Genre & Keywords:
Historical romance, Victorian England, aristocracy, plain girl/virgin heroine, rake/rogue hero, opposites attract
Why I read it:
I received an e-ARC from the Publisher, through NetGalley and the buzz about this book at Twitter, especially from my blog friends pattepoilue and Patti, made me curious.
Cold, aristocratic rogue Matthew falls for his angelic nurse Jane, whom he can’t see because his eyes are bandaged. Their attraction is palpable and mutual. But when they meet outside the hospital he doesn’t recognize her, which hurts her. Thrown together by faith at a wedding as maid of honor and best man they get reacquainted and the truth gets revealed soon. His dark past and her upbringing are interfering with their blooming love and they seem unable to be together long term.
My opinion in short:
Charlotte Featherstone won me over on a topic and a genre I’m usually not too thrilled about (virginity and historical romance). More than won me over, in fact. She made me love her book, her hero and her heroine and their unconventional, heart-wrenching romance. I absolutely loved it all and I devoured Sinful like chocolate. Ms. Featherstone’s beautiful, rhythmic sentences seduced me to keep reading after I managed to overcome my initial reluctance and finally started this compelling, erotic, overwhelming, emotional novel. Against all odds I can only highly recommend Sinful to everyone who hasn’t tried it yet.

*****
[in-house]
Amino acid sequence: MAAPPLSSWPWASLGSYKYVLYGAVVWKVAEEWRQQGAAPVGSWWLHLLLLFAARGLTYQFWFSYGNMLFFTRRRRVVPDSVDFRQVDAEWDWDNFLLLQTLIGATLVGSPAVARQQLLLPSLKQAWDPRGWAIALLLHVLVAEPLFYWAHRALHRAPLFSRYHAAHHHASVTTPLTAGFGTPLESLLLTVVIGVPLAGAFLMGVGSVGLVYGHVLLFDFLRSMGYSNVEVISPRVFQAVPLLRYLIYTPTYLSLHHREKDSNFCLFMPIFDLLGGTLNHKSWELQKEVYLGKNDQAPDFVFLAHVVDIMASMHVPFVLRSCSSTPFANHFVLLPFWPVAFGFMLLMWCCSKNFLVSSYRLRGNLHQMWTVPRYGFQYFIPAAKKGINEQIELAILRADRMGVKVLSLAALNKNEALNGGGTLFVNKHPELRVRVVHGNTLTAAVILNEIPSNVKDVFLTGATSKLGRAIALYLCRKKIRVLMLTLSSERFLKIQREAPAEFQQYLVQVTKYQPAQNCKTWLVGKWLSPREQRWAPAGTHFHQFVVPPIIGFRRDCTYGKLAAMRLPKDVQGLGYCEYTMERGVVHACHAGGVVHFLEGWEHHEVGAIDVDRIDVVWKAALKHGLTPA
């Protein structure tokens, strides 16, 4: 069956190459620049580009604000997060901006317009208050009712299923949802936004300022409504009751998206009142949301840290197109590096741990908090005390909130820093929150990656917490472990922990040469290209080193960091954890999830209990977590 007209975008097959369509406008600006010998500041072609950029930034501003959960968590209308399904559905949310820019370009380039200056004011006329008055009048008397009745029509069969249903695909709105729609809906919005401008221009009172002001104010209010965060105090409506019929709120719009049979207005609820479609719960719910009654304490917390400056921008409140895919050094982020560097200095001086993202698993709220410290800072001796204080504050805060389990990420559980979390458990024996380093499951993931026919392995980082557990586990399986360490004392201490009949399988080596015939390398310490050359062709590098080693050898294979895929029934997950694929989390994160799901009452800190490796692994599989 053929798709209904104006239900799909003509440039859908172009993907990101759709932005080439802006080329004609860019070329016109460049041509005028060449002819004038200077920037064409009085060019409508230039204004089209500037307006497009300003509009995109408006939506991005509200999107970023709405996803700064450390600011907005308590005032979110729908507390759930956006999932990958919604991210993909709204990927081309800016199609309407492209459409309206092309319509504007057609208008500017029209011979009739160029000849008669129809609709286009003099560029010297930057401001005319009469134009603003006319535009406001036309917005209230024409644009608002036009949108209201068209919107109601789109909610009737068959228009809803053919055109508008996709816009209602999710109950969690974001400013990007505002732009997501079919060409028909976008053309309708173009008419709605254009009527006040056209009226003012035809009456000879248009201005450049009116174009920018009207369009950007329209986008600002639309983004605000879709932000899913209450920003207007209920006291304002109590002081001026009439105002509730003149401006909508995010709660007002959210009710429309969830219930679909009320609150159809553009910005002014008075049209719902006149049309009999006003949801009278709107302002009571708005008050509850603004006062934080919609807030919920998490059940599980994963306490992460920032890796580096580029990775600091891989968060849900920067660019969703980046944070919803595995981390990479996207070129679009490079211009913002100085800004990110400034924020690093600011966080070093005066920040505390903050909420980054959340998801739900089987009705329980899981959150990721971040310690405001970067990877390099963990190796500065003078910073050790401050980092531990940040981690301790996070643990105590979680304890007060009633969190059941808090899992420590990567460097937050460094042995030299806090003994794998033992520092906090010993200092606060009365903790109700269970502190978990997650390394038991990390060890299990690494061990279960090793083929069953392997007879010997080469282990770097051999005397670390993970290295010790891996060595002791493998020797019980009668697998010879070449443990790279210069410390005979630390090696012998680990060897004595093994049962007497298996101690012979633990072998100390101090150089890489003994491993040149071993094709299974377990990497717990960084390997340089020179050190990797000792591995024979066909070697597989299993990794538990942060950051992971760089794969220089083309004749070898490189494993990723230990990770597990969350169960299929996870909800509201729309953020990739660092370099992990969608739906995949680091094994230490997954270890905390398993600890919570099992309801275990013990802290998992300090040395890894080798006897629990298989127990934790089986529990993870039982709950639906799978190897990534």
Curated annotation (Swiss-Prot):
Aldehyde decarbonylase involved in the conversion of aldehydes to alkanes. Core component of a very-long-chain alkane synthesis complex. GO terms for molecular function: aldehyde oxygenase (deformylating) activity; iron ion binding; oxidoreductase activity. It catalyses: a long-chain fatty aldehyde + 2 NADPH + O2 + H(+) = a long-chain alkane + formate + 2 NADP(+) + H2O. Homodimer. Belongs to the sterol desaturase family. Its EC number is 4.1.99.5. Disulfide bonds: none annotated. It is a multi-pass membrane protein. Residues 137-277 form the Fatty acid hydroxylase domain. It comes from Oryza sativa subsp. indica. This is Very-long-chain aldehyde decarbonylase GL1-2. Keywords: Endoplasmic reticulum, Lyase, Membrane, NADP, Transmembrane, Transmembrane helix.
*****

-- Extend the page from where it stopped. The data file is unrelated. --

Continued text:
Rating: 5 of 5 stars
Heat level: 2.5 of 3 flames
What’s more to know about this book:
Only in a historical romance I accept the heroine to be a plain virgin and the hero to be a cold-hearted, jaded rake. Besides, these descriptions don’t do much justice to the H/h in this novel, because they are so much more than that. They are round characters that show some significant development throughout the story. What I liked most about this couple is that they brought each other’s better characteristics to the surface and that they had a certain influence on the other person’s growth as a person. They complement each other in the best way, even though they seem a mismatch at first sight. I couldn’t help but feel impressed by the strong development of characterization that Ms. Featherstone pulled off in Sinful.